She was kind enough to order his drink and an apple martini for herself without making any cracks about his selection being ‘wimpy’ or ‘a drink for those on the wagon.’

“Tell me, Miss Spread,” Sprinkle said once they had their drinks in hand there at the bar. “What brings you out to the Toot this evening? I would be shocked and amazed to find that a woman of such refined manners is out alone, no gentleman callers calling on your wonderfully unique name.”

As he’d hoped, Sprinkle was treated to laughter, a hearty genuine sort of music.

“Well then, prepare to be shocked and amazed,” returned Miss Spread. “I like to hit the jazz clubs every weekend. Don’t laugh, but, I call it ‘taking my stroll.’”

Sprinkle, who was facing Miss Spread, hands nervously grasping the sweating glass of untouched sourness, nearly giggled. “Well I’ll be buggered if that ain’t just the cat’s meow. I’ve been known to take strolls myself, on occasion, when the mood strikes. Who would’ve thought I would meet a fellow hepcat tonight?”

“Well,” said Miss Spread, “it is a jazz lounge.”

Sprinkle, filled with mirth and embarrassment, said “Hold on a tick while I pull my foot out of my mouth.” They laughed together.

As far as conversations go, the one that continued between Sprinkle and Spread might go down as a doozy, though not exactly something to flip your wig over.

Several magnificent minutes passed by while they charmed each other up and down. The familiar aroma of June wafting his way gave Sprinkle pause. On detecting the scent of her shampoo, he spun on the stool to face where he believed the lass to be.

“June, dear, I don’t smell your fellow. Did he turn out to be a dead-hoofer?”

A pause, filled with meaning, followed his words.

“He was fine,” June said at last. “Who’s your new friend?”

Sprinkle stood, a smidgen dizzy with giddiness. “Where are my manners? June Dye, this is Miss Eleanor Spread, a fellow hepcat and a real like gem of a dame, I suspect. Miss Spread, this is my assistant and close friend, June. She works with me in the morgue at the Maxwell Building.”

“Pleased to meet you,” Spread said.

For her part June made a noncommittal grunt and offered her hand, as Sprinkle deduced when her wrist brushed against his side.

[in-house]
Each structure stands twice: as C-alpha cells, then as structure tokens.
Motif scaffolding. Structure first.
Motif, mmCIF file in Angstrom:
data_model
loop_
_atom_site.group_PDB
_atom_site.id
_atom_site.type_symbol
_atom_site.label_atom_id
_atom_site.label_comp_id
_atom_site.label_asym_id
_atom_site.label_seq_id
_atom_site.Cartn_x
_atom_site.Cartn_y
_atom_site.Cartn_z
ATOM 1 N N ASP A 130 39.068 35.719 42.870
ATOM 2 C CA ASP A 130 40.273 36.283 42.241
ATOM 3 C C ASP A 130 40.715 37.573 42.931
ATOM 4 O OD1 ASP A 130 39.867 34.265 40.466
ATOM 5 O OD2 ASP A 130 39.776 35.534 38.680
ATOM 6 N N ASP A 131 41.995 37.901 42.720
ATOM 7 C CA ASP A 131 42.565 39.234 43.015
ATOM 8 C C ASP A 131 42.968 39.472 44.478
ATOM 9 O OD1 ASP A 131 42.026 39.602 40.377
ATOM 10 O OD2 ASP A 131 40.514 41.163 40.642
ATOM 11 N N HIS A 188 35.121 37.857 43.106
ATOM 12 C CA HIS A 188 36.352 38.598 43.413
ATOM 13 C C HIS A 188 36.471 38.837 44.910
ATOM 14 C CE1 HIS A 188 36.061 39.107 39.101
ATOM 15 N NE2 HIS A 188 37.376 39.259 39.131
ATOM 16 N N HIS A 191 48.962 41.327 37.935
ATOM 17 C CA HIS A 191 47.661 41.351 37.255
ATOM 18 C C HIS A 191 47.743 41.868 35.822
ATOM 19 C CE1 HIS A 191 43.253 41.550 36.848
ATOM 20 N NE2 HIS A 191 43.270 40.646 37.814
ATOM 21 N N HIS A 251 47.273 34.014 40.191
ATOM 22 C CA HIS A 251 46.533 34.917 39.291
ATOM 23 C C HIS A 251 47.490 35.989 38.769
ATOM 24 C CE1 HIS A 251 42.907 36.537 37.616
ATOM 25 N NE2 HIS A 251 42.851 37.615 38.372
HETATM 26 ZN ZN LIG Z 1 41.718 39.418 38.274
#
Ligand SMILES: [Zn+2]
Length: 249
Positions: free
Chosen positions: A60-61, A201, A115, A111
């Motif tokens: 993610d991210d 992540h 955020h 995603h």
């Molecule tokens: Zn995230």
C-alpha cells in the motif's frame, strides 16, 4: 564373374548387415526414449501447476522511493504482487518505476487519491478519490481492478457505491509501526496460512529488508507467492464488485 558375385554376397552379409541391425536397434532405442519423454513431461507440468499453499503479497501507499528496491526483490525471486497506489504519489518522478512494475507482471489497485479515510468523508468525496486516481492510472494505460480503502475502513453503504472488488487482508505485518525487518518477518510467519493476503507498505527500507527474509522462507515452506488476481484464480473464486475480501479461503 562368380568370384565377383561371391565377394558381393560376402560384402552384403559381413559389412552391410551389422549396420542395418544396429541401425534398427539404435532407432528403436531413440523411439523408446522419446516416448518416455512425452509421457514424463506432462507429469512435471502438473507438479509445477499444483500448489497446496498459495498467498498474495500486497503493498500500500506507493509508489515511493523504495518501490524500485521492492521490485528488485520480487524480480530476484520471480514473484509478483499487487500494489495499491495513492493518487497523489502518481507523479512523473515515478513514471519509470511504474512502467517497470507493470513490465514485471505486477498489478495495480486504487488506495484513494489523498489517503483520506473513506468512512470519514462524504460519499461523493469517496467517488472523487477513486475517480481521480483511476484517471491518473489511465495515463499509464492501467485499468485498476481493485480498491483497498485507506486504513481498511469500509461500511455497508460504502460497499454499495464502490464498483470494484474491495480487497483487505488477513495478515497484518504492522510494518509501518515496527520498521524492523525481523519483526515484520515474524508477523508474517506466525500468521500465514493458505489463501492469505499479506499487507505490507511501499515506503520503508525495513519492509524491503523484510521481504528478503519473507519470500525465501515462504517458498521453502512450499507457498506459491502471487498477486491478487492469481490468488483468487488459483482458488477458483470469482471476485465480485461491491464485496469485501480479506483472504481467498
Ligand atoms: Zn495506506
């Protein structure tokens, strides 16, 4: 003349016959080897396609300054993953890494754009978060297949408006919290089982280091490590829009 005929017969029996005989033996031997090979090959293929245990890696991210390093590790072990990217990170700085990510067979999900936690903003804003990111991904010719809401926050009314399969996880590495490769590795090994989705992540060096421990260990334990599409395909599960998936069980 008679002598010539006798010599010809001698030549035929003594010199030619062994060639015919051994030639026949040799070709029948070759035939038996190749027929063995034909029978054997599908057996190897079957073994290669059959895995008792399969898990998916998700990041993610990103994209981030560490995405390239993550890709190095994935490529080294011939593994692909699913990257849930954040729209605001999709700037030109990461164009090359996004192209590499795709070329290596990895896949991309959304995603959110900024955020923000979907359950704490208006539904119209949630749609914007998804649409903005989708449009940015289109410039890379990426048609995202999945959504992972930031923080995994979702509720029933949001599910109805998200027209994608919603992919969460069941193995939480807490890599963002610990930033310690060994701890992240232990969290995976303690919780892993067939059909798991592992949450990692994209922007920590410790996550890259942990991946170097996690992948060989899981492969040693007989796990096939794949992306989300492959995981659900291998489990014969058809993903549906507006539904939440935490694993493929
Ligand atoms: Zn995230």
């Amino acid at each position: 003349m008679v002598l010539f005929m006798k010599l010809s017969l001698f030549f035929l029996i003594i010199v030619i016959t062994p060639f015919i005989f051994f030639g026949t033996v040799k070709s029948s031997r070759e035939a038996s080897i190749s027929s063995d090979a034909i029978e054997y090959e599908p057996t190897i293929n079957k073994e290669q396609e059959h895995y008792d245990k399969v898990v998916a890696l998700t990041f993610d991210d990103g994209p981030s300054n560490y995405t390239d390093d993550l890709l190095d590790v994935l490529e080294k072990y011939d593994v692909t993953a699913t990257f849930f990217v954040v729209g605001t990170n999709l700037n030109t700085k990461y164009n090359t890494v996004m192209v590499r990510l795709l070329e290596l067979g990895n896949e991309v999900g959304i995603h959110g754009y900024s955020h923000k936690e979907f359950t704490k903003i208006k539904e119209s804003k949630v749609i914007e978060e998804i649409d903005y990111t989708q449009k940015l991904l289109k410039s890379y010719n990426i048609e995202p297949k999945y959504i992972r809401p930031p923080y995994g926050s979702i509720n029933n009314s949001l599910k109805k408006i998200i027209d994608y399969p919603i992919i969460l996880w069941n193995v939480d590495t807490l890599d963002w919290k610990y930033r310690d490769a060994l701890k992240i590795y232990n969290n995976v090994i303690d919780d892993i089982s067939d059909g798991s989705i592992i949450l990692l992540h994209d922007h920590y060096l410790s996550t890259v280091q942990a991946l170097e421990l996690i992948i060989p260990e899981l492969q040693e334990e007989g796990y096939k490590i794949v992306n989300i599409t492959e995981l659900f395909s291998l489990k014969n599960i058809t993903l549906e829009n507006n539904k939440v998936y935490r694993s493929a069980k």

“You mind if I speak to Henry, alone?”

“Oh,” Spread seemed a bit miffed, her tone one of loss bordering irritation. “Of course.”

June grabbed his arm, a bit rougher than Sprinkle was accustomed to, and he did not fail to register the shift in his assistant’s mood. After leading him through the crowd, jostling a jovial couple or two, June stopped. By the aromas and slightly muffled sounds and subtle decrease in temperature here, Sprinkle deduced that they were standing near the exit.

“I think we should leave.”

He didn’t have to see to know the petite young dolly was crossing her arms and sporting a most unbecoming evil eye.

“Alright, what’s wrong?”

“Don’t give me that dismissive tone,” she snapped.

As was his way, Sprinkle took a deep breath. He disliked confrontation. Made him feel icky, but sometimes, especially where it concerned dames (what with their astonishing capacity for beautiful, shifting, and occasionally tragic emotions), he knew it could not be avoided.

“What’s bothering you, dear?”

A long bloated moment passed before June answered, now in a subdued voice. “There’s something fishy about that woman.”

“Fishy? Really? She smelled fine to me.”

June playfully socked his shoulder. “You know what I mean, smart-alec. There’s this look about her. Like she’s hiding something. I don’t think you met by accident.”

Sure, this is the Comedy Plot of the 7 Basic Plots motif, but (at least I believe it deserves a ‘but’ here) it is playful and employs a unique voice and language, lending the tales a fresh voice.

This is just one example of the countless methods you as a fine writer might use to give your work that sense of originality it needs to rise above the mountain of work already out there. I hope you enjoyed the Sprinkle snippet and were inspired to to boldness in your own writing endeavors, to make your tales real humdingers.